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Warren Buffett: The Deck Is Stacked Against Shareholders When It Comes to Executive Pay

In recent months, I have written about a number of market phenomena that present investors with problems. One of these things concerns the use of stock-based options as a means of compensating executives. In one of his letters, Warren Buffett (Trades, Portfolio) criticized the practice, arguing they represent an unfair transfer of wealth from shareholders to managers.


I have also argued that the practice of stock buybacks as currently implemented has caused a number of problems, incentivizing managers to pursue strategies that prioritize short-term increases in share price above all else. Today, I want to look at another Berkshire Hathaway (NYSE:BRK.A)(NYSE:BRK.B) letter of Buffett's, this time from 2005, that takes a similar point of view.

When managers take from shareholders

In the letter, Buffett argued that executive compensation in corporate America is significantly out of line with performance. This is due to the fact that the CEO and senior executives often have a tremendous amount of influence over their own compensation packages. For instance, Jamie Dimon, who has amassed a net worth of $1.6 billion by being the top manager at JPMorgan (NYSE:JPM), is both CEO and chairman of the board of his company. As chairman, he has the power to set his own compensation (and to appoint "independent" compensation boards).

Buffett uses the fictional example of "Fred Futile," the CEO of "Stagnant Inc." who receives a bundle of fixed-price options that give him a 1% stake in his company:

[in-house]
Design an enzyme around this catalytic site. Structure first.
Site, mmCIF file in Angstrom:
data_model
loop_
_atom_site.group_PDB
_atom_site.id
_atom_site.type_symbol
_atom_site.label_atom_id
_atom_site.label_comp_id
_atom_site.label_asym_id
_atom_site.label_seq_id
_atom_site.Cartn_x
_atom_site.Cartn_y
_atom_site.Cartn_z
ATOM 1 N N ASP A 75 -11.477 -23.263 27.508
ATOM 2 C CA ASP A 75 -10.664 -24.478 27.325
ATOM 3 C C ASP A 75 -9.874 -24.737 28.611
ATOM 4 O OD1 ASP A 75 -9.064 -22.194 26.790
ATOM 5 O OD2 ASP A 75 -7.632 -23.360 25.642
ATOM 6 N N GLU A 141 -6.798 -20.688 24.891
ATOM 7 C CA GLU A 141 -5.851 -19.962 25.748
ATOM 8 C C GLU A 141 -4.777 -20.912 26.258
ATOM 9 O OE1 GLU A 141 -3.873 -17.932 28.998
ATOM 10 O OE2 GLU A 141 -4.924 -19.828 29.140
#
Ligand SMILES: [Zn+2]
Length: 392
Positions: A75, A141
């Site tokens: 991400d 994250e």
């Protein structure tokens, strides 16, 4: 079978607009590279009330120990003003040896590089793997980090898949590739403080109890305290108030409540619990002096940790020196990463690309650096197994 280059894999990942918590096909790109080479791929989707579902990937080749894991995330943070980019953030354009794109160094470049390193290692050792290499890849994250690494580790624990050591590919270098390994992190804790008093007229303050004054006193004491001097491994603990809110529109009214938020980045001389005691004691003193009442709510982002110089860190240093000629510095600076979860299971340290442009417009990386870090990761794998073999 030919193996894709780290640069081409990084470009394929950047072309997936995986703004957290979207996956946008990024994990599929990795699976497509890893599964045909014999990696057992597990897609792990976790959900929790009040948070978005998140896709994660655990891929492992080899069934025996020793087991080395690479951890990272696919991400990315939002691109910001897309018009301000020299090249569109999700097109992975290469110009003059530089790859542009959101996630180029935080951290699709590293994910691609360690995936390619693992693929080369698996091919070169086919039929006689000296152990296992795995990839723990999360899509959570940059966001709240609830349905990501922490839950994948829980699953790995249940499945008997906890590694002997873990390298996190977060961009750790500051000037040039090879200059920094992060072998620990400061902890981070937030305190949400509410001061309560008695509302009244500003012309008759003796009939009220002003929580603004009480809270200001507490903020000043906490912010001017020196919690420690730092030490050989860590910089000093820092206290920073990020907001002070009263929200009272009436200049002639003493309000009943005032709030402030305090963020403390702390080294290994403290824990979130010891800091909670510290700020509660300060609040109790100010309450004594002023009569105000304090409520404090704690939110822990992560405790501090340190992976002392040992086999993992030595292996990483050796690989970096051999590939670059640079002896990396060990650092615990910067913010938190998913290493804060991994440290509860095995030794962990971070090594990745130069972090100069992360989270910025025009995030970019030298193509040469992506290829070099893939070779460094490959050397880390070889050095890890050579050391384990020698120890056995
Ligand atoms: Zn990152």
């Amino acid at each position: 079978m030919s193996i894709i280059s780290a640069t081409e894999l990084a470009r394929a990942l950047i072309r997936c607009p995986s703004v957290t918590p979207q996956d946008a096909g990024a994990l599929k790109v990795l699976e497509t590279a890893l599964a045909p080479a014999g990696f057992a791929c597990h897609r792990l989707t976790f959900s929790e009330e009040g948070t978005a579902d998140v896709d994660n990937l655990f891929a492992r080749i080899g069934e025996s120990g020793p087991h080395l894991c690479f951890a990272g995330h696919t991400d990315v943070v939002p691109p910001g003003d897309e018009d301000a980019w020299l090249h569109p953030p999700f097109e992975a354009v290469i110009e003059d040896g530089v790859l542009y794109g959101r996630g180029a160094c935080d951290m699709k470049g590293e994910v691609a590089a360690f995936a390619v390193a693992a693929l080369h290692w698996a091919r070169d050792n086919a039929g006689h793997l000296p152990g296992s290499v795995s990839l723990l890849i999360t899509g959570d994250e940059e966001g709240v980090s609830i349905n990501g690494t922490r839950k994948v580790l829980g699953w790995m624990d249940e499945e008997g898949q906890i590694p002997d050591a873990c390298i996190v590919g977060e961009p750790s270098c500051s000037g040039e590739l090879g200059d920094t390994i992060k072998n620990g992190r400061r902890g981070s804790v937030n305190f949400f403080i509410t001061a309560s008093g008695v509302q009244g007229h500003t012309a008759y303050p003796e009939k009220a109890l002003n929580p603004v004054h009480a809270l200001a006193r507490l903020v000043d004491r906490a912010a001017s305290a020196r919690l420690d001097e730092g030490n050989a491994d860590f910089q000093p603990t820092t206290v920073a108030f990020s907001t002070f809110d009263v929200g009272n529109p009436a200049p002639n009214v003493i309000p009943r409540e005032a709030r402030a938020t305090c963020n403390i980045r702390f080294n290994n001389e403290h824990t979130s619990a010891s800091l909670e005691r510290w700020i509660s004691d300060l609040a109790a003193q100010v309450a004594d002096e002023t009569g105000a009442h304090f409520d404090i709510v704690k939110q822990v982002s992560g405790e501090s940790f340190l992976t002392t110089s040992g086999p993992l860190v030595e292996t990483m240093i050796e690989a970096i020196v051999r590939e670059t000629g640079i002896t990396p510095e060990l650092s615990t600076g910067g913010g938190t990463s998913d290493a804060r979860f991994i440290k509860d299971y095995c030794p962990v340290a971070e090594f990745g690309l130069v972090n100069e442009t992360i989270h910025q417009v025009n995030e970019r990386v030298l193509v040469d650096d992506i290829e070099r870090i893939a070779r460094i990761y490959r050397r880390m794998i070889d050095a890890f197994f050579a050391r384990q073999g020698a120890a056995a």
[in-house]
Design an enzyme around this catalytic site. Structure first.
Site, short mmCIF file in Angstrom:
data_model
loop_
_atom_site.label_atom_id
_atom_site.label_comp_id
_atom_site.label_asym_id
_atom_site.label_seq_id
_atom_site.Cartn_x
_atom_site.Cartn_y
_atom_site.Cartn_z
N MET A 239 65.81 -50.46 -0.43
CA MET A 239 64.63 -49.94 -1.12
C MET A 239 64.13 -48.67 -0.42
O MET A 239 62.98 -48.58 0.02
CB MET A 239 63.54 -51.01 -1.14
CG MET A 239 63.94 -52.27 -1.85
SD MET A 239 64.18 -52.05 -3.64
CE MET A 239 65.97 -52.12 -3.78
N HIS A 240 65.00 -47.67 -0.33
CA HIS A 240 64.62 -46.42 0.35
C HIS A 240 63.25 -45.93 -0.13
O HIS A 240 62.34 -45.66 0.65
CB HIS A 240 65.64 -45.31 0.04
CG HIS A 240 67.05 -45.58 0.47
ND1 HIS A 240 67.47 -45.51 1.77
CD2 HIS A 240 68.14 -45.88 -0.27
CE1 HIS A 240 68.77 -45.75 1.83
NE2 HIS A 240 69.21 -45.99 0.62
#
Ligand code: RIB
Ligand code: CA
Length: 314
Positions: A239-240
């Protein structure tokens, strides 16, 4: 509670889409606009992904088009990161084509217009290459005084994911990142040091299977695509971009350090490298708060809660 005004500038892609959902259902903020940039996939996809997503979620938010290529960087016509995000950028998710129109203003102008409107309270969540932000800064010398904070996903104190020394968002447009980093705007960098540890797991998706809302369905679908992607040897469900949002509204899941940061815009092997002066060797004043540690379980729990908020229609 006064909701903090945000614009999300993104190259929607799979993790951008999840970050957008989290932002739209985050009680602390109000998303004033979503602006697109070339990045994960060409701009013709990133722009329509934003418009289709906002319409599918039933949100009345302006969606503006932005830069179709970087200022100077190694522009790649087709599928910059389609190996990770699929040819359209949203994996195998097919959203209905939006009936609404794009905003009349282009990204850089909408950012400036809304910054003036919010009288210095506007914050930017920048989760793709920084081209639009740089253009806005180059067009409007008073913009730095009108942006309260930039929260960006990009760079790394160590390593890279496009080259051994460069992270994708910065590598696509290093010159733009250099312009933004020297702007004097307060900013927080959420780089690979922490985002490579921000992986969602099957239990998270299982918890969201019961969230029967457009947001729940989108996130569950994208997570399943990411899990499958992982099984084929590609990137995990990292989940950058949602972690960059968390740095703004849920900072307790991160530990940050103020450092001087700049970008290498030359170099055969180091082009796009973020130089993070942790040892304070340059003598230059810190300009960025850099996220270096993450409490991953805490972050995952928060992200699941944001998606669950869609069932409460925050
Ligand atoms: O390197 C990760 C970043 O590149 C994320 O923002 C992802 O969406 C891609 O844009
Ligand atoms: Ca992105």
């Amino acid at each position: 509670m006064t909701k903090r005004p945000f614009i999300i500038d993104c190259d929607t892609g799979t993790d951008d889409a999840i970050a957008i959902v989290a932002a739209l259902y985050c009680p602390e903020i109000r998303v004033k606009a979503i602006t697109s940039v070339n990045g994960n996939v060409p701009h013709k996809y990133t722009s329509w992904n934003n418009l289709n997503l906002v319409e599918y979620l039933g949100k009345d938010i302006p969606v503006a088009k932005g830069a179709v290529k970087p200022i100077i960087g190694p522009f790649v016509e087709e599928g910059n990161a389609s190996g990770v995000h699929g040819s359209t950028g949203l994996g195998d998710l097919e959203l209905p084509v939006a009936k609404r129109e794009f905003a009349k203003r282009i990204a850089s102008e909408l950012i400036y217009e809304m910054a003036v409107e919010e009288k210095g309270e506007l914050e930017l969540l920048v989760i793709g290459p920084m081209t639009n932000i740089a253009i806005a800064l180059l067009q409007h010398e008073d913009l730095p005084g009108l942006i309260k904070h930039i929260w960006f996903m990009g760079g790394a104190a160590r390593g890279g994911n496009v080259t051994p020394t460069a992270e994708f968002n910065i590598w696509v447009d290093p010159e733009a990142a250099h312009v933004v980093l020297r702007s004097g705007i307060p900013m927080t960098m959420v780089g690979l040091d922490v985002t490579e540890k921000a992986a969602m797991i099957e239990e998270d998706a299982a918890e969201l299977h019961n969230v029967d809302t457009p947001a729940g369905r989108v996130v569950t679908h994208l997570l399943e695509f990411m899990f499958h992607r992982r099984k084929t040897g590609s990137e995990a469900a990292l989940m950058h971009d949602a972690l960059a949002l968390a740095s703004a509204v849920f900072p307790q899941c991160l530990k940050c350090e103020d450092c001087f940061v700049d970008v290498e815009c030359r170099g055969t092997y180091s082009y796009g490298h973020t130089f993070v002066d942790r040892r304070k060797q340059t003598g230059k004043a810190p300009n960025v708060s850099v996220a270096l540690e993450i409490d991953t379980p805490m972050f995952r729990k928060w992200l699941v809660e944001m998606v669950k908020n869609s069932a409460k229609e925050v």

"Let's assume that under Fred's leadership, Stagnant lives up to its name. In each of the 10 years after the option grant, it earns $1 billion on $10 billion of net worth, which initially comes to $10 per share on the 100 million shares then outstanding. Fred eschews dividends and regularly uses all earnings to repurchase shares. If the stock constantly sells at 10 times earnings per share, it will have appreciated 158% by the end of the option period. That's because repurchases would reduce the number of shares to 38.7 million by that time, and earnings per share would thereby increase to $25.80. Simply by withholding earnings from owners, Fred gets very rich, making a cool $158 million, despite the business itself improving not at all. Astonishingly, Fred could have made more than $100 million if Stagnant's earnings had declined by 20% during the 10-year period".



"Fred" benefits disproportionately by choosing to retain earnings to repurchase shares, rather than paying them out as dividends. The standard textbook explanation for buybacks is that they should only be undertaken if there is no better way to deploy capital internally, and only if the company's share price is below intrinsic value. Obviously, if you are a manager with stock options, your incentive is to repurchase shares regardless of the long-term consequences to the company. This is an example where sterilized financial theory does not align at all with the reality of corporate finance, and is one that I think will become increasingly important going forward.

Disclosure: The author owns no stocks mentioned.

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This article first appeared on GuruFocus.